"IBM is projecting a false financial situation and going on resource actioning valuable employees. A honesty about the financial situation will help. In the Toronto lab, during the past one year, IBM has eliminated colour printer, cut the number of BW printers by 1/3, eliminated OT, eliminating pager pay, no pay raise even for those youngsters who are coming off probation, no Christmas lunches, telephone calls are being monitored with login id, minimal AC, almost anything that can be cut is being cut.
      Can this be an indicator of a well managed company. If Sam were a good executive he would come clean with employees and explore ways to rectify the situation. Instead thousand of valuable employees are being resource actioned indiscriminately by poor managers. IBM's future is being mortgaged by Sam for immediate benefit to him and all those with stick options."

      Now I know in US many of the cited items were gone a while ago but I do not wish to insult anyone. Plus this is something that we in Canada feel the loss immensely. -IBM Canada-

    • Comment 4/08/10: Received my separation notice 8 days after my exit interview. My ex-manager did not have it ready at my exit interview. Also, after getting the notice by Fed Ex. Saw that my ex-manager did not enter the"DOL account number". Contacted my ex-manager for the information. Now being ignored. -Anonymous-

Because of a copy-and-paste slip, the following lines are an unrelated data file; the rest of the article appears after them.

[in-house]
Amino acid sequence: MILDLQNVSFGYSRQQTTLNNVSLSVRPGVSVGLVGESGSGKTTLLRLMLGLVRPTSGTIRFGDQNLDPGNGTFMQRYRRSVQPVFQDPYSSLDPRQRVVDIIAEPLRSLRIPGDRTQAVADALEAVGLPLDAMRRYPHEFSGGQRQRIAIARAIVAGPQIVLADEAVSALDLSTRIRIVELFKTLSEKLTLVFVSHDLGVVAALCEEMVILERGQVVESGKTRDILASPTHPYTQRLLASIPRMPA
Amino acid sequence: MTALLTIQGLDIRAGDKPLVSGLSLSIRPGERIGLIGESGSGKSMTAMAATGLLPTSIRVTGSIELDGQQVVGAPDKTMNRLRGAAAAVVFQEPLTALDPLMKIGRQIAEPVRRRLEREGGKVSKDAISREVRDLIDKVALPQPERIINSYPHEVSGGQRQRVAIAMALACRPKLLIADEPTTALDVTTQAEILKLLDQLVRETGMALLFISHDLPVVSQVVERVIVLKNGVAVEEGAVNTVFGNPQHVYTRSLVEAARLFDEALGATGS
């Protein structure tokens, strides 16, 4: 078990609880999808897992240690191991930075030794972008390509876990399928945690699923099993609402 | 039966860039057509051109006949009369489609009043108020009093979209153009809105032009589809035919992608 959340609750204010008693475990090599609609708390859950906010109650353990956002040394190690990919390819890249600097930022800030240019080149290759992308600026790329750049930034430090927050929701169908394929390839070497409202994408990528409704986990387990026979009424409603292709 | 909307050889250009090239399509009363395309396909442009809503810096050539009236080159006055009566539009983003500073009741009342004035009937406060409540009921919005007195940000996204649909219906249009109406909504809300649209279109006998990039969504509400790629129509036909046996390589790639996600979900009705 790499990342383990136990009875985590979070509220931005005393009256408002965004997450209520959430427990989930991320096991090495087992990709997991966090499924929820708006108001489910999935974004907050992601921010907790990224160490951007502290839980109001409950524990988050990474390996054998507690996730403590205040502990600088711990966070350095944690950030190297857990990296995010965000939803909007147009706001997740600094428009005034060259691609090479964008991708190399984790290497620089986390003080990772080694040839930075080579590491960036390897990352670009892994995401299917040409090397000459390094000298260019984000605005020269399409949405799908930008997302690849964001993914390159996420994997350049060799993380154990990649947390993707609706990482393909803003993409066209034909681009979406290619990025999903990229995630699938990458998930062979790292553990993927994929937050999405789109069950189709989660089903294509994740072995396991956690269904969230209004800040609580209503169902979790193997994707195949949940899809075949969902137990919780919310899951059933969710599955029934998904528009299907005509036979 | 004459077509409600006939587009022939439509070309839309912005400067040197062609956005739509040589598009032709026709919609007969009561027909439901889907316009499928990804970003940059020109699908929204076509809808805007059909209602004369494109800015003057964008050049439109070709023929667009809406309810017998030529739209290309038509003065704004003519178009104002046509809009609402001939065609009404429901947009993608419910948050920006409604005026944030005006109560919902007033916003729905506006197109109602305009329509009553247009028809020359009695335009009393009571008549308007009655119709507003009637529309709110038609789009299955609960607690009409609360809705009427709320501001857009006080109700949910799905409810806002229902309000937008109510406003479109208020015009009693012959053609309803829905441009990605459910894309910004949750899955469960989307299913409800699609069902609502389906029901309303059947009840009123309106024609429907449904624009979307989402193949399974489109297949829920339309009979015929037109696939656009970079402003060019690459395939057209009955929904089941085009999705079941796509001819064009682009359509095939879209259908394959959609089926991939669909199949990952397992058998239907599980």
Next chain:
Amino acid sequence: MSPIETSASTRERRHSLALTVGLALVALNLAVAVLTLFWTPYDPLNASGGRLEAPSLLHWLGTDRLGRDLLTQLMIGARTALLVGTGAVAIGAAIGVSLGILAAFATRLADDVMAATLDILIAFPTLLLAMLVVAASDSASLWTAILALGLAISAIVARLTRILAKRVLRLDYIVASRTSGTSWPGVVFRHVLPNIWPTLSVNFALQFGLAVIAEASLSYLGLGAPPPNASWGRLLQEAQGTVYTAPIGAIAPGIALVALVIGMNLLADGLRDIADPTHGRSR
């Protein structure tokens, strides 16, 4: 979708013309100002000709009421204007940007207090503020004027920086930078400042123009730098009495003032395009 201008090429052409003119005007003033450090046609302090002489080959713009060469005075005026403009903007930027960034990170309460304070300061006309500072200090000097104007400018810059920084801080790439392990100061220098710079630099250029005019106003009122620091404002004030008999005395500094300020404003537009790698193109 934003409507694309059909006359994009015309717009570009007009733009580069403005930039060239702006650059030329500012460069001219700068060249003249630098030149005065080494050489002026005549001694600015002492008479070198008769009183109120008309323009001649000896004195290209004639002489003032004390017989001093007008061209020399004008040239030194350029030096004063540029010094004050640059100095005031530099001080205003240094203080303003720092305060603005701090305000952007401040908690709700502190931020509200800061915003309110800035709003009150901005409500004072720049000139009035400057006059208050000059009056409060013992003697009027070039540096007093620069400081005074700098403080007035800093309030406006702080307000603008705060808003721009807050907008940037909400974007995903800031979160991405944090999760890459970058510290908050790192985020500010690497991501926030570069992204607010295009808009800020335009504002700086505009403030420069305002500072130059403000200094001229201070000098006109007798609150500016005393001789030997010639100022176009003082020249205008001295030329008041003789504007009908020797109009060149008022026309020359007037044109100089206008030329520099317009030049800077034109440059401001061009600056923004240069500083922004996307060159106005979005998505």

Editor's note: Many more job cut comments resulting from the March 1st firings are available in the highlights from these weeks:

News and Opinion Concerning the U.S. Financial Crisis
Minimize "It is a restatement of laissez-faire-let things take their natural course without government interference. If people manage to become prosperous, good. If they starve, or have no place to live, or no money to pay medical bills, they have only themselves to blame; it is not the responsibility of society. We mustn't make people dependent on government- it is bad for them, the argument goes. Better hunger than dependency, better sickness than dependency."

"But dependency on government has never been bad for the rich. The pretense of the laissez-faire people is that only the poor are dependent on government, while the rich take care of themselves. This argument manages to ignore all of modern history, which shows a consistent record of laissez-faire for the poor, but enormous government intervention for the rich." From Economic Justice: The American Class System, from the book Declarations of Independence by Howard Zinn.